• The government will extend 100% credit guarantee to banks and NBFCs on principal and interest.
  • This scheme can be availed till 31 October 2020.

This emergency credit line helps around 45 lakh units to resume their business operations and safeguards jobs of millions of people.

3. Debt for Stressed MSMEs

The functioning MSMEs, which are NPAs or stressed needs equity support to revive their businesses. To support the MSMEs, the Central Government will provide Rs.20,000 crore as subordinate debt. Subordinated debt means a debt which is owed to an unsecured creditor and can only be paid after the payment of claims of secured creditors at the time of liquidation.

To implement this scheme, the government will extend support of Rs.4,000 crore to Credit Guarantee Funds Trust for Micro and Small Enterprises (CGTMSE) and then the CGTMSE will provide partial credit guarantee support to banks. Finally, the banks will give debt to the MSME promoter to infuse as equity in the unit.

The infusion of fresh capital into the business will reduce the burden on MSMEs and helps to revive the business in a faster manner. This scheme benefits around two lakh MSMEs.

4. Equity Infusion for MSMEs

MSMEs face a severe shortage of equity, and the government is going to set up a Fund of Funds (FoF) with a corpus of Rs.10,000 crore to overcome this struggle. FoF will be operated and controlled through Mother Fund and few Daughter Funds. This Fund structure will help in leveraging Rs.50,000 crore of funds at Daughter Funds level.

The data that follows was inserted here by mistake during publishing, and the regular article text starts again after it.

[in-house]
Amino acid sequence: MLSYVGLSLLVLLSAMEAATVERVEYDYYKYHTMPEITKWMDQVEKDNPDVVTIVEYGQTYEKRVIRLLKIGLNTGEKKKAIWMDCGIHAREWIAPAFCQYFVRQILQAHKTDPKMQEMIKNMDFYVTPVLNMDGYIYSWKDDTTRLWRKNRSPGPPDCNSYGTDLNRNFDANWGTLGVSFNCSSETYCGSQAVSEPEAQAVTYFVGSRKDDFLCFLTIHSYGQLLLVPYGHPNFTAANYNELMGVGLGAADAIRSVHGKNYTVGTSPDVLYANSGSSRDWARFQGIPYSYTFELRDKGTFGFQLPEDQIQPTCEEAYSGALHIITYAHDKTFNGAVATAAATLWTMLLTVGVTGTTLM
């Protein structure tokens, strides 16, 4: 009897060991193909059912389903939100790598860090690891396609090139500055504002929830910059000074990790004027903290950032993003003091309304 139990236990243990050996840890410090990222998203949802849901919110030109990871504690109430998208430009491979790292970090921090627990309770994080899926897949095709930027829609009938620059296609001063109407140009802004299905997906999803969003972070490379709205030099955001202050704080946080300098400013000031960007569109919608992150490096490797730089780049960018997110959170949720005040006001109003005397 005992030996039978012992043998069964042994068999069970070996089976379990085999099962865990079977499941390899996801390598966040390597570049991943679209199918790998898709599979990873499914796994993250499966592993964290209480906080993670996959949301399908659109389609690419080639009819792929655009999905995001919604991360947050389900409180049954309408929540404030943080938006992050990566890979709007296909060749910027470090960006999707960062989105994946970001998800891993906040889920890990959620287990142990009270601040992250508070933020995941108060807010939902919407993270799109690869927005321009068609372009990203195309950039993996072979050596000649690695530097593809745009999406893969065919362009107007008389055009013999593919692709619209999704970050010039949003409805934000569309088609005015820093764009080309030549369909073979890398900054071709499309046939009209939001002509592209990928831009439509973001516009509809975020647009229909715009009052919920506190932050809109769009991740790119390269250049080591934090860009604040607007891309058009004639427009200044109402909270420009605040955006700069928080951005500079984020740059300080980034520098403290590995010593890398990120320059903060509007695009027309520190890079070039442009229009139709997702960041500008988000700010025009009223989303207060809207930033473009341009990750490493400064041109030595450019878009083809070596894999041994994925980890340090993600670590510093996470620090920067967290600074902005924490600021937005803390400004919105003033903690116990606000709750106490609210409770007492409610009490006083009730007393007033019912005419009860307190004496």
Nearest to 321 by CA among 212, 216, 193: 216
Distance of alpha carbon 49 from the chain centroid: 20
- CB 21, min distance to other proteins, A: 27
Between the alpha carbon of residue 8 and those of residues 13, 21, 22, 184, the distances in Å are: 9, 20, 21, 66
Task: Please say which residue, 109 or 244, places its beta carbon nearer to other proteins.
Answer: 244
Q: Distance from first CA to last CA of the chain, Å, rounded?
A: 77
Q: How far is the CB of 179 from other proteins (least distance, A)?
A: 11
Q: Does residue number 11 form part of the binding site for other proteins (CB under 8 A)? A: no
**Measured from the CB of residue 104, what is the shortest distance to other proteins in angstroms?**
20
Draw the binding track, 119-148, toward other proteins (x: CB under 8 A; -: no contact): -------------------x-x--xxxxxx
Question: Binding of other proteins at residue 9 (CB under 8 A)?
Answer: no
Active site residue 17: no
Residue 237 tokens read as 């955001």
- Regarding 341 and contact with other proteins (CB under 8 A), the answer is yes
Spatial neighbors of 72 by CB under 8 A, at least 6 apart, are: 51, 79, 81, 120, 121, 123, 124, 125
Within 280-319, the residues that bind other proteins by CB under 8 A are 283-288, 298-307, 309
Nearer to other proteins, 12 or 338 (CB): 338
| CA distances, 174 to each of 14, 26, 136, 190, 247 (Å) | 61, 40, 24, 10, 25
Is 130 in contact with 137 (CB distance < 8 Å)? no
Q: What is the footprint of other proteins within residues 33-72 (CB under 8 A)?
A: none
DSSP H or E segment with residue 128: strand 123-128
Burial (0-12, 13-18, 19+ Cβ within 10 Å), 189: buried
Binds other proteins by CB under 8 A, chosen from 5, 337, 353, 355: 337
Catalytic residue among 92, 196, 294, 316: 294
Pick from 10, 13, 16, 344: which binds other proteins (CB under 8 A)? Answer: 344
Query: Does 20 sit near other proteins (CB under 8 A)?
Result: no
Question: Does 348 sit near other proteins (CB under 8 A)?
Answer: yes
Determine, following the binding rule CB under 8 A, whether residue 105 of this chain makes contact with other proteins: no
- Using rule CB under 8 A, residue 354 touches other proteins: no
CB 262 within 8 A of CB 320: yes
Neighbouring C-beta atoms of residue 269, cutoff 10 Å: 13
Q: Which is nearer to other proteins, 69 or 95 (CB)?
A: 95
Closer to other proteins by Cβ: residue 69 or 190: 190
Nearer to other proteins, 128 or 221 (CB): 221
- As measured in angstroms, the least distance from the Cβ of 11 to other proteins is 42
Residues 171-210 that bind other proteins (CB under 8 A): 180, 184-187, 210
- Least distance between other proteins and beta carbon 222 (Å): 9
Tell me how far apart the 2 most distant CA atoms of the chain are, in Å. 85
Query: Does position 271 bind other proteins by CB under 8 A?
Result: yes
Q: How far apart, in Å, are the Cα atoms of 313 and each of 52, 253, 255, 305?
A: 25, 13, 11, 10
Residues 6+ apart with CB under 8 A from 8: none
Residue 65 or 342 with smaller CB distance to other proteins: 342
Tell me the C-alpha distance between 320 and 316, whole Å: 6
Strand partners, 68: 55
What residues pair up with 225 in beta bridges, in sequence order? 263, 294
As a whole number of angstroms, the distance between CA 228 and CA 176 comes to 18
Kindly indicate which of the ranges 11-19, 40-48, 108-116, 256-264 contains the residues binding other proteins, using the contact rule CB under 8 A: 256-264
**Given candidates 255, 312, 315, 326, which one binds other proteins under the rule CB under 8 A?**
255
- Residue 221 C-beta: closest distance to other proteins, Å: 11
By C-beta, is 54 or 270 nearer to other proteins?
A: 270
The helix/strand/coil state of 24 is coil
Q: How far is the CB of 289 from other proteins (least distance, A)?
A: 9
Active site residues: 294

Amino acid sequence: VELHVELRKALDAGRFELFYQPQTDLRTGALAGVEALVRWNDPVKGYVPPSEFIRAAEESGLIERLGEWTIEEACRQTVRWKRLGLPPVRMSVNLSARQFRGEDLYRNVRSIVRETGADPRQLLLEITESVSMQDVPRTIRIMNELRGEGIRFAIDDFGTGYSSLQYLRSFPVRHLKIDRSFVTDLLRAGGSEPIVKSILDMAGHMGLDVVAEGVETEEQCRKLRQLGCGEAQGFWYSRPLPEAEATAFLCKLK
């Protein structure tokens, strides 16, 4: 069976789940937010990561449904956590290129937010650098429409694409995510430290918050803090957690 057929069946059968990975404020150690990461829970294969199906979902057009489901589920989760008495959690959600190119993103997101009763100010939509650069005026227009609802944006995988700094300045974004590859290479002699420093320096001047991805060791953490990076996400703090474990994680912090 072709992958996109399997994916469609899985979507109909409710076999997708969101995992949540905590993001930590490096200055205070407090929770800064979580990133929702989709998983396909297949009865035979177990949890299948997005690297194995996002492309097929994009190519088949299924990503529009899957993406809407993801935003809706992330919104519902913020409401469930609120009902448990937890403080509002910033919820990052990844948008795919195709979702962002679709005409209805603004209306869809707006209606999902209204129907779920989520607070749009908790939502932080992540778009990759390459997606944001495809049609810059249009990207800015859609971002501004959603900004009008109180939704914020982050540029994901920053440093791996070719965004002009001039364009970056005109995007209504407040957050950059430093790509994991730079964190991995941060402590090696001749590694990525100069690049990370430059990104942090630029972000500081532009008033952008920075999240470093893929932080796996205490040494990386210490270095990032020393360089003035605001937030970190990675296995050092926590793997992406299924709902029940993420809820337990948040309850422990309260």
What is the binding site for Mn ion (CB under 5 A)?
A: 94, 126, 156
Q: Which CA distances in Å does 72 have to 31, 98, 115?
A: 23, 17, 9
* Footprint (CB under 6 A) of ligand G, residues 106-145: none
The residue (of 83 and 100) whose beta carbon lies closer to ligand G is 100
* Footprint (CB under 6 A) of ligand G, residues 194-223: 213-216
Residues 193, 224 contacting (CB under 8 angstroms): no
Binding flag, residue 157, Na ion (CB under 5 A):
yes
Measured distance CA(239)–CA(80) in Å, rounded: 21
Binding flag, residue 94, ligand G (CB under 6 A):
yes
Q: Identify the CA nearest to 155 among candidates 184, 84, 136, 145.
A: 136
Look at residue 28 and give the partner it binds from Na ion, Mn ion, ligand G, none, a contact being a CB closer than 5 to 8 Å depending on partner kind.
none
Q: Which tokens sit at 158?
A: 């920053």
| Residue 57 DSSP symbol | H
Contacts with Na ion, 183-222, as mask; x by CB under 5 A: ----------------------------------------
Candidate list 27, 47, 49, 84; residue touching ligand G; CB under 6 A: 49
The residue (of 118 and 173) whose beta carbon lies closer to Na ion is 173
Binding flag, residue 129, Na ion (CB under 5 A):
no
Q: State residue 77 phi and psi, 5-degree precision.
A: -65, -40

The MSMEs, which has growth potential and viability, will be identified to provide equity funding. Through this funding, the MSMEs can expand their size as well as capacity. Also, this will encourage MSMEs to get listed on the main board of Stock Exchanges.

5. Limiting Global Tenders

When there is a global tender for government procurement, the Indian MSMEs and companies were not able to withstand the pressure of unfair competition from foreign companies. This led to the discouragement of domestic companies and MSMEs. To remove this unfair competition, the government decided to disallow global tenders in government procurement tenders up to Rs.200 crore.

This move leads to Self-Reliant India (Aatmanirbhar Bharat) and supports the Make in India initiative. This will help domestic companies in general and MSMEs in particular. Also, this creates an enormous scope for MSMEs of the country.

6. Other Measures

  • An e-market linkage is to be promoted to replace trade fairs and exhibitions, and this will help the MSMEs in overcoming marketing problems in this pandemic situation.
  • Fintechs will be used to enhance transaction-based lending, using the data generated by the e-marketplace.
  • The MSME receivables from the government and Central Public Sector Enterprises will be released in 45 days. This will ensure the liquidity in the hands of MSMEs and leads to the smooth conduct of the business.